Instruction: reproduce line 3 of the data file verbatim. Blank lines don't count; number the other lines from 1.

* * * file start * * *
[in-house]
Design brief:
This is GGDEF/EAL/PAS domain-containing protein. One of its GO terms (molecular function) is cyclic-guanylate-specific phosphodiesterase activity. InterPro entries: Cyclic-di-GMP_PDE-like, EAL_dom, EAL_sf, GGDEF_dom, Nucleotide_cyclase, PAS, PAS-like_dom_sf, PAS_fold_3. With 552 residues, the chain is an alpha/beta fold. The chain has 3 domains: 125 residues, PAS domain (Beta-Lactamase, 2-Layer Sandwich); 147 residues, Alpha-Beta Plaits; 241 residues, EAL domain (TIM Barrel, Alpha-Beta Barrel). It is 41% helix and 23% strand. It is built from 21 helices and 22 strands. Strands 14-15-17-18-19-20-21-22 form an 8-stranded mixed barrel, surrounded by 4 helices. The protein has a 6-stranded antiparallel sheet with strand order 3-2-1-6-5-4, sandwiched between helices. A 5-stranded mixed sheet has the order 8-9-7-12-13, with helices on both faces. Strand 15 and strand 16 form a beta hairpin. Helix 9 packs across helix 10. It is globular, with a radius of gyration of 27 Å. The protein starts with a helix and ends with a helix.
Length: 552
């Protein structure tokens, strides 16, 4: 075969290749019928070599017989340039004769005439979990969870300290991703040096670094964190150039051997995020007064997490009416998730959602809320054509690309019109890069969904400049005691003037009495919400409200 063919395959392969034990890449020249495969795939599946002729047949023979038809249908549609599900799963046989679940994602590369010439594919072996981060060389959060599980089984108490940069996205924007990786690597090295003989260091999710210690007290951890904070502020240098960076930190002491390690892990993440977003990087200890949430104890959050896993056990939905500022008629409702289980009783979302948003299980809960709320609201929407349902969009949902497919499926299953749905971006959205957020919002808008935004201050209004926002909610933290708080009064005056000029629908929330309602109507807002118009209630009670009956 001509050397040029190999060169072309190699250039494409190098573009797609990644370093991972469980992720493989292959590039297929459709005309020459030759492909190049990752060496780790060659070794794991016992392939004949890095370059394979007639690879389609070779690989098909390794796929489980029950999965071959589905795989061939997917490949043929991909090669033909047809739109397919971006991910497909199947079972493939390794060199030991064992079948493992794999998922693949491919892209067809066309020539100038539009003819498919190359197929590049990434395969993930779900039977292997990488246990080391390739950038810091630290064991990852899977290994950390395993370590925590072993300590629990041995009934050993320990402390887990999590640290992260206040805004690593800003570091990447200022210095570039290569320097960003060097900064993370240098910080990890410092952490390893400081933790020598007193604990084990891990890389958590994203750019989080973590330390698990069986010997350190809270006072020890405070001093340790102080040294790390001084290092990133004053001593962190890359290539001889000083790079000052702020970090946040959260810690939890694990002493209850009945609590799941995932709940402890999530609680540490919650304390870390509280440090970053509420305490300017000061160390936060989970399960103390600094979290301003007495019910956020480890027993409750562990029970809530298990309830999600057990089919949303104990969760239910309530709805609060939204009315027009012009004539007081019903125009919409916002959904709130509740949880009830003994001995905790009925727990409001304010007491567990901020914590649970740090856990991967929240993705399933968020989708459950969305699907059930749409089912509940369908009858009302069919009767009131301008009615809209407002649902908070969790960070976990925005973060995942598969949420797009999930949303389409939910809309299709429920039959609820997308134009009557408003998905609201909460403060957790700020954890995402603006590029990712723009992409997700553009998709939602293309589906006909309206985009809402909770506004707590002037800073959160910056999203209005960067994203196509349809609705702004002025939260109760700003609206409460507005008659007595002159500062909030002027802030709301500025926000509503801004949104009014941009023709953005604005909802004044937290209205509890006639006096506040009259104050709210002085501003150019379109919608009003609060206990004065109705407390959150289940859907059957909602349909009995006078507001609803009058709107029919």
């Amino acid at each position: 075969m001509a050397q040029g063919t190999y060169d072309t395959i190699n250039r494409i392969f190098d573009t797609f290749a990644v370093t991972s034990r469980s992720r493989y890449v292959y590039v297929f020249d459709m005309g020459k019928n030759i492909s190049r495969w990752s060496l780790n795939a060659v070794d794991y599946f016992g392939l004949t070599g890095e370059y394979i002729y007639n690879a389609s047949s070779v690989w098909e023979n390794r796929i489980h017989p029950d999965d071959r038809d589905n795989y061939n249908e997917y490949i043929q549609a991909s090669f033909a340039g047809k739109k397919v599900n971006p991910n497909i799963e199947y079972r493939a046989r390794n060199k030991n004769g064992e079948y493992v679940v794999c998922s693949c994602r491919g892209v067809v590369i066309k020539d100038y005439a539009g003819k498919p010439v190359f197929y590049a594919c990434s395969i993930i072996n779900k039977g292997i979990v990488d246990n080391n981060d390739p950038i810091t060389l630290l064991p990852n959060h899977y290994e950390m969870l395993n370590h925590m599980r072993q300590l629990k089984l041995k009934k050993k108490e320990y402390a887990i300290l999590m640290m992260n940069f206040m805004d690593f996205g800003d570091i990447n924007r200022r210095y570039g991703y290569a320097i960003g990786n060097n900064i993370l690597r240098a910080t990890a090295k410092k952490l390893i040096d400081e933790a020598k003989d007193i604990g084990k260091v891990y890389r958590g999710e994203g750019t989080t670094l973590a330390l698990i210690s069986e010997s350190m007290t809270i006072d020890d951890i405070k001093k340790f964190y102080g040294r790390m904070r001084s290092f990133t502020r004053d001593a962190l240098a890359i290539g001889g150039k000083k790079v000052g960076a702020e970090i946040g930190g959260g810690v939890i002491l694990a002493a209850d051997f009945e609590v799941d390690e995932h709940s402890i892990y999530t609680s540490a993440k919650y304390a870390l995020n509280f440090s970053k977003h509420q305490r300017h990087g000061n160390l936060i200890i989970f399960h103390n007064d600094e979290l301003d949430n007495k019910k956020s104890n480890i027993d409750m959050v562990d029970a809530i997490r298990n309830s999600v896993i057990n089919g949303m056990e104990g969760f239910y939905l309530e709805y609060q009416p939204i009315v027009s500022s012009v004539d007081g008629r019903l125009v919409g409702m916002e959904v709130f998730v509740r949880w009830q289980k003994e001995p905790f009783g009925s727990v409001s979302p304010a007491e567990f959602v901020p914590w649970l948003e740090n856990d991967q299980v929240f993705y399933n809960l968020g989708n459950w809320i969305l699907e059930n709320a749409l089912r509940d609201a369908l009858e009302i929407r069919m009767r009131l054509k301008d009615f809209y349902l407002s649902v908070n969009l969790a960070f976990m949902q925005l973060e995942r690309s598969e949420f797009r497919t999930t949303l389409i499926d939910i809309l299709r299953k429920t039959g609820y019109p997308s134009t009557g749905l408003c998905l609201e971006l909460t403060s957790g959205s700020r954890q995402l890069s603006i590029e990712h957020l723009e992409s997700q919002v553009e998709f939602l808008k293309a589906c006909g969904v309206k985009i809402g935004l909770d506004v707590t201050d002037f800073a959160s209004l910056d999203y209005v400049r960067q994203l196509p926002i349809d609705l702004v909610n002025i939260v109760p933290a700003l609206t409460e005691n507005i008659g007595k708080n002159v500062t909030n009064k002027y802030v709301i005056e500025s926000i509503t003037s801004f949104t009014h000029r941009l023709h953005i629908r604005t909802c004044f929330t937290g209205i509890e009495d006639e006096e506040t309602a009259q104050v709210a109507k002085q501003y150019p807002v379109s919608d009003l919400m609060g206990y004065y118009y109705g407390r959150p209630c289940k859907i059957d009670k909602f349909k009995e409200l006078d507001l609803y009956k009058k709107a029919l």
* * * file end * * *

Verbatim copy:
This is GGDEF/EAL/PAS domain-containing protein. One of its GO terms (molecular function) is cyclic-guanylate-specific phosphodiesterase activity. InterPro entries: Cyclic-di-GMP_PDE-like, EAL_dom, EAL_sf, GGDEF_dom, Nucleotide_cyclase, PAS, PAS-like_dom_sf, PAS_fold_3. With 552 residues, the chain is an alpha/beta fold. The chain has 3 domains: 125 residues, PAS domain (Beta-Lactamase, 2-Layer Sandwich); 147 residues, Alpha-Beta Plaits; 241 residues, EAL domain (TIM Barrel, Alpha-Beta Barrel). It is 41% helix and 23% strand. It is built from 21 helices and 22 strands. Strands 14-15-17-18-19-20-21-22 form an 8-stranded mixed barrel, surrounded by 4 helices. The protein has a 6-stranded antiparallel sheet with strand order 3-2-1-6-5-4, sandwiched between helices. A 5-stranded mixed sheet has the order 8-9-7-12-13, with helices on both faces. Strand 15 and strand 16 form a beta hairpin. Helix 9 packs across helix 10. It is globular, with a radius of gyration of 27 Å. The protein starts with a helix and ends with a helix.